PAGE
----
There is also needed a stone building over the entrance to the cave. This latter is an attraction of such a nature as to be placed in ridicule by not having a neat stone structure about the entrance.
A cement storage tank for storage of the spring water is a desirability. Headquarters lacks that completing touch which can not be supplied excepting with some green grass and a few transplanted trees. Under present conditions this is impossible.
Roads and bridges will be a cause of expense for two years, and the increase in traffic demands that they be placed in first-class condition. There are no great obstacles to contend against, such as expensive rock work or heavy cuts and fills. The grade can be improved at places, the track straightened out, but it is most important that the roadbed be shaped properly to withstand the heavy rains that at present are washing the best material away and making temporary repairs a waste of money.
I believe in pleasing the public, especially that portion of the public that travels. The park is in a position to demonstrate the value of good roads, and if there is a good road through the park, impressions will be made that will react in more than one vicinity.
Therefore I feel as if the expenditures I have asked you for assume importance in this order:
FREDERICK N. DILLE,
The SECRETARY OF THE INTERIOR.
RULES AND REGULATIONS.
GENERAL REGULATIONS OF MARCH 30, 1912.
Pursuant to authority conferred by the act of Congress approved January 9, 1903, the following rules and regulations for the government of the Wind Cave National Park, in South Dakota, are hereby established and made public:
1. It is forbidden to remove or injure the specimens or formations in and around the Wind Cave, or to deface the same by written inscription or otherwise, or to injure or disturb in any manner or carry off any of the mineral deposits, specimens, natural curiosities, or wonders on the Government lands within the park.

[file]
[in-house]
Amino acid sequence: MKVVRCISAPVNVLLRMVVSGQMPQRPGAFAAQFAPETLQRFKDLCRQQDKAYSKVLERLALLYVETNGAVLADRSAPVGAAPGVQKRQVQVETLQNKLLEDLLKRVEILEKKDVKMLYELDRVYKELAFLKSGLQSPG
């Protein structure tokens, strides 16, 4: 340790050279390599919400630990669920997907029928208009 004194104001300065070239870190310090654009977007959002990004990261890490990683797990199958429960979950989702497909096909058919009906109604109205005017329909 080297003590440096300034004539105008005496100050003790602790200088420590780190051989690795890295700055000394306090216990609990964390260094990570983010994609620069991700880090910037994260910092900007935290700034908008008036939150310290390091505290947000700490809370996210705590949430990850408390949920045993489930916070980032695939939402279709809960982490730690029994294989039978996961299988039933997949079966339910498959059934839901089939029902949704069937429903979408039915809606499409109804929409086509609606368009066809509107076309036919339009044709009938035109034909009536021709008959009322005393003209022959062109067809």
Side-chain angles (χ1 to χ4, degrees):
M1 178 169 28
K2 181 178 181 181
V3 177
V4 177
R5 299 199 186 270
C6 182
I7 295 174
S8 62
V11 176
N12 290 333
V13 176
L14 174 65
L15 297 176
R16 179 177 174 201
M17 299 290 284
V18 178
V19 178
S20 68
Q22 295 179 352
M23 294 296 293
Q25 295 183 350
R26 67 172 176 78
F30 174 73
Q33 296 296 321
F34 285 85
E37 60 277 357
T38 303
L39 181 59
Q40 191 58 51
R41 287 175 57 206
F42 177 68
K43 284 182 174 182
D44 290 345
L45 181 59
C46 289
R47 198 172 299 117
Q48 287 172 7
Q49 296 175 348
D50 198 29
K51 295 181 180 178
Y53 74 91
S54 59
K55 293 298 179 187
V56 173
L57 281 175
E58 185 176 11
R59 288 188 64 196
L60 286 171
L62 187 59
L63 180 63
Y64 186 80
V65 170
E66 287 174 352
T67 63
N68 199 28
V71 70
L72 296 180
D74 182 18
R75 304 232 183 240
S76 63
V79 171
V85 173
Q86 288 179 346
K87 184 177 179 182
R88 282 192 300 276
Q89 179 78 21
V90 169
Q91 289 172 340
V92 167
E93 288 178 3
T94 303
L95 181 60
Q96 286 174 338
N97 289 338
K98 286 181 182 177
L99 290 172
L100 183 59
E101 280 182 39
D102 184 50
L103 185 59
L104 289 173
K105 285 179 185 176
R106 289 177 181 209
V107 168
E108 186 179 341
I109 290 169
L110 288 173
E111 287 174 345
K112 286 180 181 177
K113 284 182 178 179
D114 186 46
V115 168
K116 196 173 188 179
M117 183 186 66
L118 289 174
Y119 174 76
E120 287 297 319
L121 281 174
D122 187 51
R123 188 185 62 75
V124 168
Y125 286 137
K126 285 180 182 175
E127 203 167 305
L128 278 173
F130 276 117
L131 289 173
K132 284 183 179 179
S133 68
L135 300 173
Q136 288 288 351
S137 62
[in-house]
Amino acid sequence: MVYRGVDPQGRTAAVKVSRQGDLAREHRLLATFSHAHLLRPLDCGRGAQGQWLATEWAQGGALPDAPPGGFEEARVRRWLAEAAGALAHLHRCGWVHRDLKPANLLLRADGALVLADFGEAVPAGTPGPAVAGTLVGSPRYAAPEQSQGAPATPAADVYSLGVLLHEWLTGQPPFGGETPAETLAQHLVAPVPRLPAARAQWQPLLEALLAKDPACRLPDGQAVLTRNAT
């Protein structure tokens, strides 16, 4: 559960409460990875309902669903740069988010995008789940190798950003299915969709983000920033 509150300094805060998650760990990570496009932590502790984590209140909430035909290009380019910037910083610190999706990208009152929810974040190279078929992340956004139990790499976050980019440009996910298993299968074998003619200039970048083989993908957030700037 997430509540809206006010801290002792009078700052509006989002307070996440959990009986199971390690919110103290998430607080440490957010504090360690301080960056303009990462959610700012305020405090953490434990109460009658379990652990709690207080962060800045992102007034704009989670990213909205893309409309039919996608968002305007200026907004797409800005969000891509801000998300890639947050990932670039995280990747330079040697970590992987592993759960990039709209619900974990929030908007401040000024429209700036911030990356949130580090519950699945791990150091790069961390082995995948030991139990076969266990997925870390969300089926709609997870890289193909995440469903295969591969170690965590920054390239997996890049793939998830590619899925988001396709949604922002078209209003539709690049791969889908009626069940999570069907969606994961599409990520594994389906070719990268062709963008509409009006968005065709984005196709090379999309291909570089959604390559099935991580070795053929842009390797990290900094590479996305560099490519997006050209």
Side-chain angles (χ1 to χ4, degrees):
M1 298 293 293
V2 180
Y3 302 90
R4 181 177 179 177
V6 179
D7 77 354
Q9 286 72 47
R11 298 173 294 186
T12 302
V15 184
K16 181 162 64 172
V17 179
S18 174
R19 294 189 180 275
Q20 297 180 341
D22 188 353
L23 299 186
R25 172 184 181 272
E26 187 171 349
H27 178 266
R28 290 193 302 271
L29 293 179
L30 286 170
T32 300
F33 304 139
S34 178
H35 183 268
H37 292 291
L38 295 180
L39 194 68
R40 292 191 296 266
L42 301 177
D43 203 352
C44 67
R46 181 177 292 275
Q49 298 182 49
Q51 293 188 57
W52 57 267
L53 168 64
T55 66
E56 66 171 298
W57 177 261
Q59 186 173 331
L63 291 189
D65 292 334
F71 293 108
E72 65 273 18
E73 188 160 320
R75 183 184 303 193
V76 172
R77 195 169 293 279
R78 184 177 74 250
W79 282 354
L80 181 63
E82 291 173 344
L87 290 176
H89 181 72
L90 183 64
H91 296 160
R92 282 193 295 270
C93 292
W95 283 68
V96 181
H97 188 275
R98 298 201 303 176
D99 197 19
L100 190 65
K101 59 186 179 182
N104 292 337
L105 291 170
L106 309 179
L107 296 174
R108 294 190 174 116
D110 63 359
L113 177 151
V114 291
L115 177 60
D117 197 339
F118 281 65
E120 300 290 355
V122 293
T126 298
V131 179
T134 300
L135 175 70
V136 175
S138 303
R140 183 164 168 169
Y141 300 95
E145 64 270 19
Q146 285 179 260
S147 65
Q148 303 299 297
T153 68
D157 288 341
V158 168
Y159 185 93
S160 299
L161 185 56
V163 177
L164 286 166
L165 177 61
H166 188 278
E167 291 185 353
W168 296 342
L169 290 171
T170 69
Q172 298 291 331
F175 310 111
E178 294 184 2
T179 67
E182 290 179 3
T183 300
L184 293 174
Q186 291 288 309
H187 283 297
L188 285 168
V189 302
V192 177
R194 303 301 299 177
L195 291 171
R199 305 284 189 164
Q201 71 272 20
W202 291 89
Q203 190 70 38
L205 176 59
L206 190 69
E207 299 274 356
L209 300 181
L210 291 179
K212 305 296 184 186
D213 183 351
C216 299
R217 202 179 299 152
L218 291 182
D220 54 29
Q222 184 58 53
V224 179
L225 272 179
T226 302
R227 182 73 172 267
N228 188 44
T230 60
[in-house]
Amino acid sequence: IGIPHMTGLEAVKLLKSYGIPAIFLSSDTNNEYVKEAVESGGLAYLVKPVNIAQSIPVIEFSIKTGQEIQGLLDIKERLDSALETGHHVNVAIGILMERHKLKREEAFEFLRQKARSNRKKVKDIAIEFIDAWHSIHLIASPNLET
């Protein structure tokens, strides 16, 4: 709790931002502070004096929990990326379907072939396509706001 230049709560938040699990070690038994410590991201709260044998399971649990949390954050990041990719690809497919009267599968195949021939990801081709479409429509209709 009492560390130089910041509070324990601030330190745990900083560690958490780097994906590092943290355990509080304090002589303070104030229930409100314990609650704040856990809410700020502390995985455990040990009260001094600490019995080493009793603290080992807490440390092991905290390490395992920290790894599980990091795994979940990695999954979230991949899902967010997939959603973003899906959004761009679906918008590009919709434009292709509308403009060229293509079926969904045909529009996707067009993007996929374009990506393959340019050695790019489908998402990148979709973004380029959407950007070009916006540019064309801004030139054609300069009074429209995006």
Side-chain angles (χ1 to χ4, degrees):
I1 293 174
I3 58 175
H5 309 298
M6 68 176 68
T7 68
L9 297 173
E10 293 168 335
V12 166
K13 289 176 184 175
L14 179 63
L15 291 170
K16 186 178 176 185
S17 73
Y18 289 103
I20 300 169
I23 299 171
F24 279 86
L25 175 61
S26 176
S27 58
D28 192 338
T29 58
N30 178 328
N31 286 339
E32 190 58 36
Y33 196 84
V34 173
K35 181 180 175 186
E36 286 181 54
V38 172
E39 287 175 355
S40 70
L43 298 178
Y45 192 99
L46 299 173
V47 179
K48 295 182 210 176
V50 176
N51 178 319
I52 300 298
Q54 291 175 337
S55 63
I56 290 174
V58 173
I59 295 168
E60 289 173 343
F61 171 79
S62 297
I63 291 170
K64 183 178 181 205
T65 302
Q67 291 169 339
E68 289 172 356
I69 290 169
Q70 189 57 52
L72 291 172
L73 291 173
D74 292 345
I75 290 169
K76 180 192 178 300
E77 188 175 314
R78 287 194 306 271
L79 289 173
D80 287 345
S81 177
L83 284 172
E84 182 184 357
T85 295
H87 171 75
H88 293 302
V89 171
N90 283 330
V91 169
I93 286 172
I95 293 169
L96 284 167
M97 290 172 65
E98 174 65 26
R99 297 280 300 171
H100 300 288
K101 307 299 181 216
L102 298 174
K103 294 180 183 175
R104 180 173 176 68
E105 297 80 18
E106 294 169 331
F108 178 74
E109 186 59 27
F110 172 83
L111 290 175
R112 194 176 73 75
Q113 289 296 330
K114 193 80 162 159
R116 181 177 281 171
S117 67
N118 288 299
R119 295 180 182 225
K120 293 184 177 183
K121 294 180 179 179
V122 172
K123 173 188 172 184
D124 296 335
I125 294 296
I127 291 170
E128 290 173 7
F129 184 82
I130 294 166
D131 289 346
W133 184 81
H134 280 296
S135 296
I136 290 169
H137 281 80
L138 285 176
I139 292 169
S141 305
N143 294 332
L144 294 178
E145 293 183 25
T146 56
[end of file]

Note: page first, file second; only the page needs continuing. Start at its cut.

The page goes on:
2. No person shall be permitted to enter the cave unless accompanied by the superintendent or other park employee, or by competent guides.
3. It is forbidden to cut or injure any timber growing on the park lands, or to deface or injure any Government property. Camping parties will be allowed to use dead or fallen timber for fuel.
4. Fires should be lighted only when necessary and completely extinguished when no longer required. The utmost care must be exercised at all times to avoid setting fire to the timber and grass.
5. Hunting or killing, wounding, or capturing any bird or wild animal on the park lands, except dangerous animals when necessary to prevent them from destroying life or inflicting an injury, is prohibited. The outfits, including guns, traps, teams, horses, or means of transportation used by persons engaged in hunting, killing, trapping, ensnaring, or capturing such birds or wild animals, or in possession of game killed on the park lands under other circumstances than prescribed above, will be taken up by the superintendent and held subject to the order of the Secretary of the Interior, except in cases where it is shown by satisfactory evidence that the outfit is not the property of the person or persons violating this regulation and the actual owner thereof was not a party to such violation. Firearms will only be permitted in the park on written permission from the superintendent thereof.